To appreciate the development of American decorative arts and art, in which Philadelphia has been a leader, through the 20th century, visit the Philadelphia Museum of Art, the Barnes Foundation, and the Rodin Museum on the Benjamin Franklin Parkway, and the Pennsylvania Academy of the Fine Arts at 118–128 Broad Street, founded in 1805 as the nation’s first art museum and school of fine arts. And throughout the city murals celebrating people, places, and events cover walls, walkways, and other surfaces and give the city a contemporary vibrancy, thanks to the nationally renowned Mural Arts Program.
During the 18th through the early 19th century, the clearing house for American scientific inquiry was the American Philosophical Society at 5th and Chestnut Streets, which houses collections on American science, natural history, and even pseudoscience from the 18th century to today.
The practice of collecting specimens as the basis for science continued at the Academy of Natural Sciences at 19th Street and the Parkway, the oldest natural history institution in the Western Hemisphere. It is now affiliated with nearby Drexel University.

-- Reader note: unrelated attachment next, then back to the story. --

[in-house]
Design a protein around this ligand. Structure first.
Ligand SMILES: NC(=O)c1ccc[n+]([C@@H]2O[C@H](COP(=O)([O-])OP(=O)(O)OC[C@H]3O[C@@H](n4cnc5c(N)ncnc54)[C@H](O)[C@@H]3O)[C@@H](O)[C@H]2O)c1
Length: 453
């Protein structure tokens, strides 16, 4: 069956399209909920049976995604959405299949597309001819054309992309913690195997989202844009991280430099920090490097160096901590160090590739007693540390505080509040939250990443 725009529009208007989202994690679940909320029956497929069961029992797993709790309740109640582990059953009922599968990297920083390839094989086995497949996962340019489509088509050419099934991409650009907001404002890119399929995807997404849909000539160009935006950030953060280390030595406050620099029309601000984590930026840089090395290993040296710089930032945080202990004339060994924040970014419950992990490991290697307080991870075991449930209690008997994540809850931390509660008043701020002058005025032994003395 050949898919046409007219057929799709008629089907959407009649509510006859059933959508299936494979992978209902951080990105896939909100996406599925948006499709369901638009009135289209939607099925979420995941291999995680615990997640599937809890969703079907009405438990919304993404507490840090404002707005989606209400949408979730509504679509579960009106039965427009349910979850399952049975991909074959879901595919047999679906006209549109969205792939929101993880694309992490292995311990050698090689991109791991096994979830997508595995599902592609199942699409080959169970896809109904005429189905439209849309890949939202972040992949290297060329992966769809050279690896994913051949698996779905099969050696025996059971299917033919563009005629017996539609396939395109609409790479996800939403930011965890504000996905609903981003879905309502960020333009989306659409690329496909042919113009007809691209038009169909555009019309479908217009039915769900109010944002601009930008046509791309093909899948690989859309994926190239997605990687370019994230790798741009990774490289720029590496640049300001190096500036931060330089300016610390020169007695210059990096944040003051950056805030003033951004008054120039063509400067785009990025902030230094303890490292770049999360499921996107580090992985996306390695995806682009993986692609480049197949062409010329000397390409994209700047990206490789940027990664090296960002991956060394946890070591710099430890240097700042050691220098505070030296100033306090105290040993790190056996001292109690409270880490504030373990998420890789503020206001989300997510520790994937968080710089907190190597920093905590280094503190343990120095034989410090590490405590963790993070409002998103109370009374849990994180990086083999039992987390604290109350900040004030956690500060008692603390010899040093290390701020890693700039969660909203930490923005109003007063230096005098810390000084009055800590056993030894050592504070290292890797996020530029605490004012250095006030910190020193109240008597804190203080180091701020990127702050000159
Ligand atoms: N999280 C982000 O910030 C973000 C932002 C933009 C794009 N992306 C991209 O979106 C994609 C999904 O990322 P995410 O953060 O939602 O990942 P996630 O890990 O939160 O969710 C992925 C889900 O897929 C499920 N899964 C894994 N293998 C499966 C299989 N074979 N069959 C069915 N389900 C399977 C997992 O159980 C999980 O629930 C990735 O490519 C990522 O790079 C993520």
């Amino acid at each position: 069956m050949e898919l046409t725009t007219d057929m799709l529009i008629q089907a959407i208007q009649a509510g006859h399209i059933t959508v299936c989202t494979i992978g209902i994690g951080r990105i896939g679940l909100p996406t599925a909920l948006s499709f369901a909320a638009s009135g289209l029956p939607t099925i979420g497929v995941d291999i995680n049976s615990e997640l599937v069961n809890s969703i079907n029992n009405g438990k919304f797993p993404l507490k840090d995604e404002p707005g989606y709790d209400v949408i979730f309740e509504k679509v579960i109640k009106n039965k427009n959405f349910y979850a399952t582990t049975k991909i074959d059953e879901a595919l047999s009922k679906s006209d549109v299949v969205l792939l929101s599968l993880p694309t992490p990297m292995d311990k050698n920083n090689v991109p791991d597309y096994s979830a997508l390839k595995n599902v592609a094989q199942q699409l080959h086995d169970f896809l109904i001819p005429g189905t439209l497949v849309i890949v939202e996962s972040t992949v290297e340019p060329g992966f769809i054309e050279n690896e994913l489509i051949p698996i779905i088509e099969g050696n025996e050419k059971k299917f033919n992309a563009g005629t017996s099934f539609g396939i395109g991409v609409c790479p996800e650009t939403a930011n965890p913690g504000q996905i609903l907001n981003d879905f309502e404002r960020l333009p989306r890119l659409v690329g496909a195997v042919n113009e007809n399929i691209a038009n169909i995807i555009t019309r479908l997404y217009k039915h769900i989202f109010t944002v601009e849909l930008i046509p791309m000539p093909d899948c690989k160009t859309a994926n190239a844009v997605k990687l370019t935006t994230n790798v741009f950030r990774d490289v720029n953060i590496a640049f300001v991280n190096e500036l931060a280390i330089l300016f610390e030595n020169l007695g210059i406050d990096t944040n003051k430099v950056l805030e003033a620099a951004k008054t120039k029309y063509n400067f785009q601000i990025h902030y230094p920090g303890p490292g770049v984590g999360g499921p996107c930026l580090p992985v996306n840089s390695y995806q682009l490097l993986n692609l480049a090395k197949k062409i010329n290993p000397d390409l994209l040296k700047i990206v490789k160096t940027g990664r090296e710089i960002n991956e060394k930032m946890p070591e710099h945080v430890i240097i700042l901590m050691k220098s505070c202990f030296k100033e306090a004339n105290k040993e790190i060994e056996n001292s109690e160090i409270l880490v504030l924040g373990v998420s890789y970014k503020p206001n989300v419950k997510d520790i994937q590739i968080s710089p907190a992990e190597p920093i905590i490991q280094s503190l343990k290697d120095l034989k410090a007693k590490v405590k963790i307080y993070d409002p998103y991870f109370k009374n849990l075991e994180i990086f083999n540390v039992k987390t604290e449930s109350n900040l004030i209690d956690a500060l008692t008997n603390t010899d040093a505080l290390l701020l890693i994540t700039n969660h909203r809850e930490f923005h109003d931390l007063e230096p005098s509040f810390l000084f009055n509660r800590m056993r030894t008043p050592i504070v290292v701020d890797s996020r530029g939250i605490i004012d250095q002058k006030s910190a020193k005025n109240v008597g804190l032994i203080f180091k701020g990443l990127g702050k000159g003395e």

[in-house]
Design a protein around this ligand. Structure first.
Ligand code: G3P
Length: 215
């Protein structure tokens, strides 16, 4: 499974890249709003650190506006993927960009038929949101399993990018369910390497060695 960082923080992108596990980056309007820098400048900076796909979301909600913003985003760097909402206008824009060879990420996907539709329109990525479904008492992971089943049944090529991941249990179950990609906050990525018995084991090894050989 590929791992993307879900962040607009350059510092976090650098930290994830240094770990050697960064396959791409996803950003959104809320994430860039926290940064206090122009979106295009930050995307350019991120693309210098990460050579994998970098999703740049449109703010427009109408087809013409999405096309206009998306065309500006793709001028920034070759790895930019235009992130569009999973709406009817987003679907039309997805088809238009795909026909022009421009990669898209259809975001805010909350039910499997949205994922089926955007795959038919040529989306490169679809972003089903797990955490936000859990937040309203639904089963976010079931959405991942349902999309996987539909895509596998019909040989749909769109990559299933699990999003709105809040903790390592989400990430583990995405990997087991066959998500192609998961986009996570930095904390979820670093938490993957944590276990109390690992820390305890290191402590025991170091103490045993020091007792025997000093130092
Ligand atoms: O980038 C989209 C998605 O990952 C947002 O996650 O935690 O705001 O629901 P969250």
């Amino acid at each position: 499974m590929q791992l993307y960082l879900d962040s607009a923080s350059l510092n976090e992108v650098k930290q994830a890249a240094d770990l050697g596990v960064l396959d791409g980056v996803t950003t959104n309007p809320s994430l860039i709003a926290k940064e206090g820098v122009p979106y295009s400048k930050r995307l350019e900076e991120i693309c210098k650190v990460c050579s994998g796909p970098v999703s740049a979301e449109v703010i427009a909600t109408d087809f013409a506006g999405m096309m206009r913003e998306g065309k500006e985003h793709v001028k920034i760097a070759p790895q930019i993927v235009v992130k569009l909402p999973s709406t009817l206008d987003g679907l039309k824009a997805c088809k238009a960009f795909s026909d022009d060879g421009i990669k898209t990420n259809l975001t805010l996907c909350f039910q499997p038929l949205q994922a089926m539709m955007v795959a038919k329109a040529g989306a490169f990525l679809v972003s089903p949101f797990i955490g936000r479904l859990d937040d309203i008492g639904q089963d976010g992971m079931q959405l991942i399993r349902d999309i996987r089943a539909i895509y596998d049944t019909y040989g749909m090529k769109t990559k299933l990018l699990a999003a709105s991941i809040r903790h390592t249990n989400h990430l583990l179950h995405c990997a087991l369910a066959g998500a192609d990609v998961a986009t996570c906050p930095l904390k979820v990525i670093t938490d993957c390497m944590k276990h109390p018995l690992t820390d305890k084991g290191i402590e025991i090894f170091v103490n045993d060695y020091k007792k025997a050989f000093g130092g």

Also important in gathering essential works is the Library Company of Philadelphia, at 1314 Locust Street, which was founded by Benjamin Franklin and friends as a repository for writings intended for “useful knowledge,” and has vast holdings of all manner of printed works on virtually every subject of interest, with many speaking to ways people sought to reform or remake their mental, moral, and physical worlds from the colonial era into the 20th century.
Next door at 1300 Locust Street, the Historical Society of Pennsylvania, founded in 1824 at a time when Americans were furiously gathering up documents, objects, and specimens to discover and preserve their unique “American” history and character, holds one of America’s largest and most important collections of manuscripts, books, and graphic images, which include essential documents on the Revolutionary era, the American Civil War, and immigration and ethnic life, among many subjects.
Also relevant is the early 19th-century experiment in water treatment in Philadelphia, with the installation of the Fairmount Water Works on the Schuylkill River, on Aquarium Drive. A trip to the Franklin Institute at 20th Street and the Parkway will add to understanding about the centrality of technology and science in creating modern living and Philadelphia’s place in that. Philadelphia has long been a major source of invention and production in chemicals, and the Science History Institute at 315 Chestnut Street tracks that history.